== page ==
Yes, the above image is censored because a lot of our users surf from work, and unfortunately, bosses aren’t the biggest fans of boobs on employee machines. It’s the way of the world, but if you scroll down far enough, you’ll see the uncensored images. Let that also serve as your official NSFW warning.
Anyway, allow me to introduce you to Allen Henson, a veteran-turned-photographer who in 2014 was sued by the Empire State Building for snapping a nude photo of his girlfriend on the observation deck of the famous landmark.
The reason for the lawsuit? ESB officials decided that he was using their premises for commercial purposes, even though Henson insists the photo was only for personal use. Officials also stated that he had ‘ruined the building’s reputation as a safe and secure family-friendly tourist attraction’.
So I'm being sued for a million dollars in the NY Supreme court by the empire state building. This should be interesting… stay tuned.
— Allen Henson (@AllenHenson) January 13, 2014
However, Henson is currently counter-suing for $5 million and has decided to test the boundaries of censorship even further, with his latest stunt involving another pretty famous NYC landmark – the New York Supreme Court.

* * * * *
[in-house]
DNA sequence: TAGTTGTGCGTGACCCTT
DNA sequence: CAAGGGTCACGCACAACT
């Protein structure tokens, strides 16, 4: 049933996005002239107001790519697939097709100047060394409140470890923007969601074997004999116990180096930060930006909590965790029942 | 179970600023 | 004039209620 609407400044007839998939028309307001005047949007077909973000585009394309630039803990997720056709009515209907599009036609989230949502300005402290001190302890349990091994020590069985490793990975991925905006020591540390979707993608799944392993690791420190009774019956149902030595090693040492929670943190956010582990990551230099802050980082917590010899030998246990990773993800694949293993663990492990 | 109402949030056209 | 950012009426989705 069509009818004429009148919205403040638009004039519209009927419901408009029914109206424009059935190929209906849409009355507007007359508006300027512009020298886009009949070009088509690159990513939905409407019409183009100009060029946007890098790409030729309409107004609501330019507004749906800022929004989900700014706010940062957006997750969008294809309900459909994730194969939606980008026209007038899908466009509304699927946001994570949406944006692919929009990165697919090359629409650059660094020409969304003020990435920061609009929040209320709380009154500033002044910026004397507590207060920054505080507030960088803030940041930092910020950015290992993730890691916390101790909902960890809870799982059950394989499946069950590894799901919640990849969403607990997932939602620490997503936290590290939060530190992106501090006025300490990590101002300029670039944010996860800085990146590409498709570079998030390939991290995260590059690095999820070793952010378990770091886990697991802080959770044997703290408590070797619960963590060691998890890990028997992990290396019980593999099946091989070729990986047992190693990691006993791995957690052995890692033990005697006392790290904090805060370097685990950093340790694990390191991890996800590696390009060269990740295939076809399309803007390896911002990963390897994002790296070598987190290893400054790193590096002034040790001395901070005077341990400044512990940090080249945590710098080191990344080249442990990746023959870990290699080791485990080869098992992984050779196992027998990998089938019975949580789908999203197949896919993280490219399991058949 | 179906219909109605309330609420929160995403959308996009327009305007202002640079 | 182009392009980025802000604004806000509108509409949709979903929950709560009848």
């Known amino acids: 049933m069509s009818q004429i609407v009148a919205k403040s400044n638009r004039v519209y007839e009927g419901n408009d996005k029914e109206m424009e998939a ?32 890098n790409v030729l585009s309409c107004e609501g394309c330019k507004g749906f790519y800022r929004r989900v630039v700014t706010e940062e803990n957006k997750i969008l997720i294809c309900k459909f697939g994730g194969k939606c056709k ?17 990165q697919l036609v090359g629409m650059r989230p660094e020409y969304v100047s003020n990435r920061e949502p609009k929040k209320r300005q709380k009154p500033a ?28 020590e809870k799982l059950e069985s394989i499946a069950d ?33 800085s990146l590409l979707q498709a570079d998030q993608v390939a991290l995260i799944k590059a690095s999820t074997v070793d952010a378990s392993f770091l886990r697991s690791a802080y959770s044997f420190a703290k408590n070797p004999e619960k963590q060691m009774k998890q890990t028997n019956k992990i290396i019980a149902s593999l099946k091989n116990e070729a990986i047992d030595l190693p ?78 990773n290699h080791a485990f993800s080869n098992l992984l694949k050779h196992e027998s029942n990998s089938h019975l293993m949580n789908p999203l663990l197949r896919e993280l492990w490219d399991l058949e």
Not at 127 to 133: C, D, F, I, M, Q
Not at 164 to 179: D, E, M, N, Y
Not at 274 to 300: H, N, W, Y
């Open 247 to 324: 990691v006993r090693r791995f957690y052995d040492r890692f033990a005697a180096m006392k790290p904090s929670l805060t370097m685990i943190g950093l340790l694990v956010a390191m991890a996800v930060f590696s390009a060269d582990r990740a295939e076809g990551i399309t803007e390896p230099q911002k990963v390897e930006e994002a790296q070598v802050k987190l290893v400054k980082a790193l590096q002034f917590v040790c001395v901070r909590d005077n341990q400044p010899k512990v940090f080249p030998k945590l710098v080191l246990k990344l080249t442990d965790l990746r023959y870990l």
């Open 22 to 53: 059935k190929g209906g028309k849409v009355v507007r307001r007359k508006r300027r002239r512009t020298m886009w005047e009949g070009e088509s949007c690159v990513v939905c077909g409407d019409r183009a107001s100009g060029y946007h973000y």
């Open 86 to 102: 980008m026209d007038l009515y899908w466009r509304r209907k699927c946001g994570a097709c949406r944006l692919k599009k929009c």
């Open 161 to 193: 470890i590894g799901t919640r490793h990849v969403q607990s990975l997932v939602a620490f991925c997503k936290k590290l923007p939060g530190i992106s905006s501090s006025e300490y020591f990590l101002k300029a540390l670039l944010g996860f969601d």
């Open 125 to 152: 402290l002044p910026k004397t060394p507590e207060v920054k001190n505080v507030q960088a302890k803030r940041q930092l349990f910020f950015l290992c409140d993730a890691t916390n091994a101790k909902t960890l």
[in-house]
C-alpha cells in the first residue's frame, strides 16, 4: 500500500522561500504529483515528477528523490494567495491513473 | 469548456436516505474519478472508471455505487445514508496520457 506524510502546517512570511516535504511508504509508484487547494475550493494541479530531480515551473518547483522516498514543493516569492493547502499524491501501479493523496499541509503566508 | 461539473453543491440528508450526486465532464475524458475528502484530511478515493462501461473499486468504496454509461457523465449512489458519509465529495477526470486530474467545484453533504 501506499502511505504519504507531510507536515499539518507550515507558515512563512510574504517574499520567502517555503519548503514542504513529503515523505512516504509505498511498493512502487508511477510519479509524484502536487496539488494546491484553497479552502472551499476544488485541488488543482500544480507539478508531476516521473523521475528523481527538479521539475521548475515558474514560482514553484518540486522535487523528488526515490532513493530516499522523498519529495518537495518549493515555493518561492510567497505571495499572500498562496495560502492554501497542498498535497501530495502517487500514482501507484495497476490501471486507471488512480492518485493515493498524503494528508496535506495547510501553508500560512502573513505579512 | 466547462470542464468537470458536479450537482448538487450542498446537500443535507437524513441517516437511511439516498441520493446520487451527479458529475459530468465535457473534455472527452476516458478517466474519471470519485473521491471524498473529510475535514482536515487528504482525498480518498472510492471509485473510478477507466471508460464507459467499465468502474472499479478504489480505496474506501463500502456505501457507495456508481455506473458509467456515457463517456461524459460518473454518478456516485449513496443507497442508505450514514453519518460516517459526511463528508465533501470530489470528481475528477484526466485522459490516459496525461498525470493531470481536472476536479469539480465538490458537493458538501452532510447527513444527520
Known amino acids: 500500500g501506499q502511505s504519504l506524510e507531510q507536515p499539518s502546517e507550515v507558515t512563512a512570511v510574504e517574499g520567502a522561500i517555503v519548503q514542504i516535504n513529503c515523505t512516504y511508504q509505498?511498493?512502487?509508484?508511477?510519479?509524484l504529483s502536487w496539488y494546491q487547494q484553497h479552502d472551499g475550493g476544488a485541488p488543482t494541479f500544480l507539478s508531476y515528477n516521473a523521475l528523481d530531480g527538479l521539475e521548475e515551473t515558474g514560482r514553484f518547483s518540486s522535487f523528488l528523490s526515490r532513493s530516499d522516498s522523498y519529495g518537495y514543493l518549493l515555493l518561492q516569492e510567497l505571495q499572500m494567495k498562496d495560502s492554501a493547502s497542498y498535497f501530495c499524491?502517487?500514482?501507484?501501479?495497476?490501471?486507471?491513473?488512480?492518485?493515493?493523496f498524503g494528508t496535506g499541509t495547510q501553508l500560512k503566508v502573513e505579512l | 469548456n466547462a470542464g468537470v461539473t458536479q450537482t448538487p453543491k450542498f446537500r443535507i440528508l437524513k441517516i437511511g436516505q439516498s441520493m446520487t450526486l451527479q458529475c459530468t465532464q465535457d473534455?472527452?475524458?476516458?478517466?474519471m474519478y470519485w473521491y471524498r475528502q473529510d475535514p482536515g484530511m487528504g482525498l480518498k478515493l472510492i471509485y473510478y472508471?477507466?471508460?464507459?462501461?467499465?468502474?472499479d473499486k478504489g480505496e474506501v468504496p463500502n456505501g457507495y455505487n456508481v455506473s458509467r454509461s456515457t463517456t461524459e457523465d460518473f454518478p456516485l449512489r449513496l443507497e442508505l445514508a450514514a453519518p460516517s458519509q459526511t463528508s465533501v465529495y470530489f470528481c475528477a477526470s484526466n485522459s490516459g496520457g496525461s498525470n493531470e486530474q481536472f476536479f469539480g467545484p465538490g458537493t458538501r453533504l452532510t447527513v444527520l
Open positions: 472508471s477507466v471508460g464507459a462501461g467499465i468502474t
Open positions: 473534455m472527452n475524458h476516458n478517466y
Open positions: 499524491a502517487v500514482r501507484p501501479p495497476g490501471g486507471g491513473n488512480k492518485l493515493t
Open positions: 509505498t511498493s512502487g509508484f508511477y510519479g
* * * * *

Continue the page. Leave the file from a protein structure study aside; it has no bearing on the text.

The 30-year-old organised a topless photoshoot located right on the front steps of the iconic building, and used five stunning models who had no trouble creating an audience.
Speaking to Mic, Henson said:
There are a lot of serious issues, and I don’t know if this is one of them. But as an artist, I find it threatening to have this kind of censorship. To have a private entity come after me for expressing myself freely is deeply troubling.
Social media is supposed to parallel dialogue in real life, but I’ve had my accounts deleted at least five times. If we can’t censor conversations and exchanges of ideas in reality, why can we here on social media?Advertisement
Look how big sites like Instagram and Facebook are affecting how we think and what’s taboo. Performance art in the ’70s involved literally reading ticker tape poetry unraveled from a vagina. Feminism was alive and well then, but now women’s bodies are so heavily censored.
Henson says his photoshoots mirror the intentions of the people behind #FreeTheNipple, which is a campaign aimed at de-sexualizing the female body in an effort to promote gender equality while simultaneously trying to pull down the restrictions that websites such as Instagram and Facebook have in place.
And together, they’re both doing a pretty good job of getting the word out there…